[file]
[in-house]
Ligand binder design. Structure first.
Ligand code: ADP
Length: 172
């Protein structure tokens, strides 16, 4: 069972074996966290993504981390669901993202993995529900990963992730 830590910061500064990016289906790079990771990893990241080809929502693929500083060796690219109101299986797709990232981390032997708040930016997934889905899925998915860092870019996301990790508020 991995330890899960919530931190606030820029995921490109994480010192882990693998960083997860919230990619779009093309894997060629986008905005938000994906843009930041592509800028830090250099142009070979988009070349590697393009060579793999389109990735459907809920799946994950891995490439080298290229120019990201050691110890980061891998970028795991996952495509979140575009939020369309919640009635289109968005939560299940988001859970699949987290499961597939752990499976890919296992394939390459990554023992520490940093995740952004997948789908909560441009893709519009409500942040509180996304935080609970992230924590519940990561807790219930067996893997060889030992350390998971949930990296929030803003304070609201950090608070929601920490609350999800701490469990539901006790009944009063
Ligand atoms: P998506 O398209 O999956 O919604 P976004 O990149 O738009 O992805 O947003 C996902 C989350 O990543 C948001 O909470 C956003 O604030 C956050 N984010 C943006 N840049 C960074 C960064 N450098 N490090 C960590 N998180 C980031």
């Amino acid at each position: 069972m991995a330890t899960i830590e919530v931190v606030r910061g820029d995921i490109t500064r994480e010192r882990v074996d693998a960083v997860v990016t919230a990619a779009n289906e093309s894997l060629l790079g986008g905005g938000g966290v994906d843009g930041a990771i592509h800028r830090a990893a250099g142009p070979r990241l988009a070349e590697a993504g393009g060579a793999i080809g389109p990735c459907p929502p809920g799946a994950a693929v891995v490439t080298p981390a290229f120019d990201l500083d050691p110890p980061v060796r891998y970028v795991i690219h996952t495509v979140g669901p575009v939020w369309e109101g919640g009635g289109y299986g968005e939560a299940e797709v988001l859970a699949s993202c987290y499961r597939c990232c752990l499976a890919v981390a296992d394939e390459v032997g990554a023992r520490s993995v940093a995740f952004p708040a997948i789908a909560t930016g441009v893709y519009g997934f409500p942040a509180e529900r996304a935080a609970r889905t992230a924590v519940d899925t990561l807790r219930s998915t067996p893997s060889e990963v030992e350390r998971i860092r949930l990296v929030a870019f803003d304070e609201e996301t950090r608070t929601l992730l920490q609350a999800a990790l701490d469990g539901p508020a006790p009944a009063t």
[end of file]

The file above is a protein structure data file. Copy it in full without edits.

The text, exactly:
[in-house]
Ligand binder design. Structure first.
Ligand code: ADP
Length: 172
């Protein structure tokens, strides 16, 4: 069972074996966290993504981390669901993202993995529900990963992730 830590910061500064990016289906790079990771990893990241080809929502693929500083060796690219109101299986797709990232981390032997708040930016997934889905899925998915860092870019996301990790508020 991995330890899960919530931190606030820029995921490109994480010192882990693998960083997860919230990619779009093309894997060629986008905005938000994906843009930041592509800028830090250099142009070979988009070349590697393009060579793999389109990735459907809920799946994950891995490439080298290229120019990201050691110890980061891998970028795991996952495509979140575009939020369309919640009635289109968005939560299940988001859970699949987290499961597939752990499976890919296992394939390459990554023992520490940093995740952004997948789908909560441009893709519009409500942040509180996304935080609970992230924590519940990561807790219930067996893997060889030992350390998971949930990296929030803003304070609201950090608070929601920490609350999800701490469990539901006790009944009063
Ligand atoms: P998506 O398209 O999956 O919604 P976004 O990149 O738009 O992805 O947003 C996902 C989350 O990543 C948001 O909470 C956003 O604030 C956050 N984010 C943006 N840049 C960074 C960064 N450098 N490090 C960590 N998180 C980031």
């Amino acid at each position: 069972m991995a330890t899960i830590e919530v931190v606030r910061g820029d995921i490109t500064r994480e010192r882990v074996d693998a960083v997860v990016t919230a990619a779009n289906e093309s894997l060629l790079g986008g905005g938000g966290v994906d843009g930041a990771i592509h800028r830090a990893a250099g142009p070979r990241l988009a070349e590697a993504g393009g060579a793999i080809g389109p990735c459907p929502p809920g799946a994950a693929v891995v490439t080298p981390a290229f120019d990201l500083d050691p110890p980061v060796r891998y970028v795991i690219h996952t495509v979140g669901p575009v939020w369309e109101g919640g009635g289109y299986g968005e939560a299940e797709v988001l859970a699949s993202c987290y499961r597939c990232c752990l499976a890919v981390a296992d394939e390459v032997g990554a023992r520490s993995v940093a995740f952004p708040a997948i789908a909560t930016g441009v893709y519009g997934f409500p942040a509180e529900r996304a935080a609970r889905t992230a924590v519940d899925t990561l807790r219930s998915t067996p893997s060889e990963v030992e350390r998971i860092r949930l990296v929030a870019f803003d304070e609201e996301t950090r608070t929601l992730l920490q609350a999800a990790l701490d469990g539901p508020a006790p009944a009063t």